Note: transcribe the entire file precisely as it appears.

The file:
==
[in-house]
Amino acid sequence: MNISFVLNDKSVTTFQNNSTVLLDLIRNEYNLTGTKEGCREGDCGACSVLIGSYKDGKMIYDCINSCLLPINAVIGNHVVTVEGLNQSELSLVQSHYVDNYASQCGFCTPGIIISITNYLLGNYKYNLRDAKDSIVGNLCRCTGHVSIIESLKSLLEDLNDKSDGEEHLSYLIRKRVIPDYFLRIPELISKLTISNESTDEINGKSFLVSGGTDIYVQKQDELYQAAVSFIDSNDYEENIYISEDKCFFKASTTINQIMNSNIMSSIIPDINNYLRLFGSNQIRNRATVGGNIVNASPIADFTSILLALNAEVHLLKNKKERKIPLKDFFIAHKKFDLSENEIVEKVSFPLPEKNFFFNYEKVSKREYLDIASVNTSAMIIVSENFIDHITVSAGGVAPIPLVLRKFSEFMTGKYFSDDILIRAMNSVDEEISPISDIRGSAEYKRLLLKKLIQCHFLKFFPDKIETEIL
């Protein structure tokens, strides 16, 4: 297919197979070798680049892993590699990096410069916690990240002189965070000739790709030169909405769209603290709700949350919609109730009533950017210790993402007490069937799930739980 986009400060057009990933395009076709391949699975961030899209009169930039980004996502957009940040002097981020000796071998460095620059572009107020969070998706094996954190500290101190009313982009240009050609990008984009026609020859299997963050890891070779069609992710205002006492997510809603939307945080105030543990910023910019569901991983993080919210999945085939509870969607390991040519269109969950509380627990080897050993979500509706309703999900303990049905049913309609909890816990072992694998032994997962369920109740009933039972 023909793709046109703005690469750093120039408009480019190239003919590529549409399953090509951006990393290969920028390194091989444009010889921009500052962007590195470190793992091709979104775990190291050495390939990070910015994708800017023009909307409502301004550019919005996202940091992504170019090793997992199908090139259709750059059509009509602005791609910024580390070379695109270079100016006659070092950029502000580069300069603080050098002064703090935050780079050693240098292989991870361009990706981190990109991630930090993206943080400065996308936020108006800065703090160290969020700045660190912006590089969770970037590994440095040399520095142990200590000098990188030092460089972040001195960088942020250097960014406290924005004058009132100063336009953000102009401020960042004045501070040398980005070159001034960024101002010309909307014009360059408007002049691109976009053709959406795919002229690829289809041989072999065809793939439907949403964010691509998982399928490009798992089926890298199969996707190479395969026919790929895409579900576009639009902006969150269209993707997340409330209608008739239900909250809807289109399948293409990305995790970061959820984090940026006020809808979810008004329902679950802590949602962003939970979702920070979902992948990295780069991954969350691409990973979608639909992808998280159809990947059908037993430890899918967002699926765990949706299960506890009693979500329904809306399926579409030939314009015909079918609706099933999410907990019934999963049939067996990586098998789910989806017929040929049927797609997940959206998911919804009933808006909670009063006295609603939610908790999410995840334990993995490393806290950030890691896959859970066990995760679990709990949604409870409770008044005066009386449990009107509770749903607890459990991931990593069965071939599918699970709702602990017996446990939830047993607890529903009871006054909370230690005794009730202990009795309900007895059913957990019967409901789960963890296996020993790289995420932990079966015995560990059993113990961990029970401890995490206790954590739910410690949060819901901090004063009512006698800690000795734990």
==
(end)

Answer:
[in-house]
Amino acid sequence: MNISFVLNDKSVTTFQNNSTVLLDLIRNEYNLTGTKEGCREGDCGACSVLIGSYKDGKMIYDCINSCLLPINAVIGNHVVTVEGLNQSELSLVQSHYVDNYASQCGFCTPGIIISITNYLLGNYKYNLRDAKDSIVGNLCRCTGHVSIIESLKSLLEDLNDKSDGEEHLSYLIRKRVIPDYFLRIPELISKLTISNESTDEINGKSFLVSGGTDIYVQKQDELYQAAVSFIDSNDYEENIYISEDKCFFKASTTINQIMNSNIMSSIIPDINNYLRLFGSNQIRNRATVGGNIVNASPIADFTSILLALNAEVHLLKNKKERKIPLKDFFIAHKKFDLSENEIVEKVSFPLPEKNFFFNYEKVSKREYLDIASVNTSAMIIVSENFIDHITVSAGGVAPIPLVLRKFSEFMTGKYFSDDILIRAMNSVDEEISPISDIRGSAEYKRLLLKKLIQCHFLKFFPDKIETEIL
């Protein structure tokens, strides 16, 4: 297919197979070798680049892993590699990096410069916690990240002189965070000739790709030169909405769209603290709700949350919609109730009533950017210790993402007490069937799930739980 986009400060057009990933395009076709391949699975961030899209009169930039980004996502957009940040002097981020000796071998460095620059572009107020969070998706094996954190500290101190009313982009240009050609990008984009026609020859299997963050890891070779069609992710205002006492997510809603939307945080105030543990910023910019569901991983993080919210999945085939509870969607390991040519269109969950509380627990080897050993979500509706309703999900303990049905049913309609909890816990072992694998032994997962369920109740009933039972 023909793709046109703005690469750093120039408009480019190239003919590529549409399953090509951006990393290969920028390194091989444009010889921009500052962007590195470190793992091709979104775990190291050495390939990070910015994708800017023009909307409502301004550019919005996202940091992504170019090793997992199908090139259709750059059509009509602005791609910024580390070379695109270079100016006659070092950029502000580069300069603080050098002064703090935050780079050693240098292989991870361009990706981190990109991630930090993206943080400065996308936020108006800065703090160290969020700045660190912006590089969770970037590994440095040399520095142990200590000098990188030092460089972040001195960088942020250097960014406290924005004058009132100063336009953000102009401020960042004045501070040398980005070159001034960024101002010309909307014009360059408007002049691109976009053709959406795919002229690829289809041989072999065809793939439907949403964010691509998982399928490009798992089926890298199969996707190479395969026919790929895409579900576009639009902006969150269209993707997340409330209608008739239900909250809807289109399948293409990305995790970061959820984090940026006020809808979810008004329902679950802590949602962003939970979702920070979902992948990295780069991954969350691409990973979608639909992808998280159809990947059908037993430890899918967002699926765990949706299960506890009693979500329904809306399926579409030939314009015909079918609706099933999410907990019934999963049939067996990586098998789910989806017929040929049927797609997940959206998911919804009933808006909670009063006295609603939610908790999410995840334990993995490393806290950030890691896959859970066990995760679990709990949604409870409770008044005066009386449990009107509770749903607890459990991931990593069965071939599918699970709702602990017996446990939830047993607890529903009871006054909370230690005794009730202990009795309900007895059913957990019967409901789960963890296996020993790289995420932990079966015995560990059993113990961990029970401890995490206790954590739910410690949060819901901090004063009512006698800690000795734990």